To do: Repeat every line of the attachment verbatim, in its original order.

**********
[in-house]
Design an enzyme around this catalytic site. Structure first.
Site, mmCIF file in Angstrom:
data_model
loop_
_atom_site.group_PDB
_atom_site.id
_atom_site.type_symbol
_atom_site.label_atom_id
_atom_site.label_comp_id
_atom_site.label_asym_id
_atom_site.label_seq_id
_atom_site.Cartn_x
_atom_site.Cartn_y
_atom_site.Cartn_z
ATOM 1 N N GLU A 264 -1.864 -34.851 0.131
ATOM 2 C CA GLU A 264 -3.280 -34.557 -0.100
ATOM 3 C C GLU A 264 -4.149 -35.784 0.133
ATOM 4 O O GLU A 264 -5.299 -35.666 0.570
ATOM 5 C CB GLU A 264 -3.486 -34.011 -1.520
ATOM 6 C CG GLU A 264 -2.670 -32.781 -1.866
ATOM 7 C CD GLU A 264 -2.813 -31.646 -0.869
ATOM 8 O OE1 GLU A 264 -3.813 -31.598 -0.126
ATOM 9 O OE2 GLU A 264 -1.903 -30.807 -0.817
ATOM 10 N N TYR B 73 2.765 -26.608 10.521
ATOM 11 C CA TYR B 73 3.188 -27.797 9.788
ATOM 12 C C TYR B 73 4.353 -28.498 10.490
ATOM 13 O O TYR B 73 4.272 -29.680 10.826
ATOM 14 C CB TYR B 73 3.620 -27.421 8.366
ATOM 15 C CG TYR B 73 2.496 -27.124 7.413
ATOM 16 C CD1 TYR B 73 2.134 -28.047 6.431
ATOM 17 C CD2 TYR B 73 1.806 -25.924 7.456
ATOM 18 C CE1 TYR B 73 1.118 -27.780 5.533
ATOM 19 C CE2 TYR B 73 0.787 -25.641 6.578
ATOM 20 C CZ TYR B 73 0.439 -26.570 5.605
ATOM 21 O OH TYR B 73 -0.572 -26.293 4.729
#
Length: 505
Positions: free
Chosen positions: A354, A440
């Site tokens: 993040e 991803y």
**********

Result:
[in-house]
Design an enzyme around this catalytic site. Structure first.
Site, mmCIF file in Angstrom:
data_model
loop_
_atom_site.group_PDB
_atom_site.id
_atom_site.type_symbol
_atom_site.label_atom_id
_atom_site.label_comp_id
_atom_site.label_asym_id
_atom_site.label_seq_id
_atom_site.Cartn_x
_atom_site.Cartn_y
_atom_site.Cartn_z
ATOM 1 N N GLU A 264 -1.864 -34.851 0.131
ATOM 2 C CA GLU A 264 -3.280 -34.557 -0.100
ATOM 3 C C GLU A 264 -4.149 -35.784 0.133
ATOM 4 O O GLU A 264 -5.299 -35.666 0.570
ATOM 5 C CB GLU A 264 -3.486 -34.011 -1.520
ATOM 6 C CG GLU A 264 -2.670 -32.781 -1.866
ATOM 7 C CD GLU A 264 -2.813 -31.646 -0.869
ATOM 8 O OE1 GLU A 264 -3.813 -31.598 -0.126
ATOM 9 O OE2 GLU A 264 -1.903 -30.807 -0.817
ATOM 10 N N TYR B 73 2.765 -26.608 10.521
ATOM 11 C CA TYR B 73 3.188 -27.797 9.788
ATOM 12 C C TYR B 73 4.353 -28.498 10.490
ATOM 13 O O TYR B 73 4.272 -29.680 10.826
ATOM 14 C CB TYR B 73 3.620 -27.421 8.366
ATOM 15 C CG TYR B 73 2.496 -27.124 7.413
ATOM 16 C CD1 TYR B 73 2.134 -28.047 6.431
ATOM 17 C CD2 TYR B 73 1.806 -25.924 7.456
ATOM 18 C CE1 TYR B 73 1.118 -27.780 5.533
ATOM 19 C CE2 TYR B 73 0.787 -25.641 6.578
ATOM 20 C CZ TYR B 73 0.439 -26.570 5.605
ATOM 21 O OH TYR B 73 -0.572 -26.293 4.729
#
Length: 505
Positions: free
Chosen positions: A354, A440
């Site tokens: 993040e 991803y």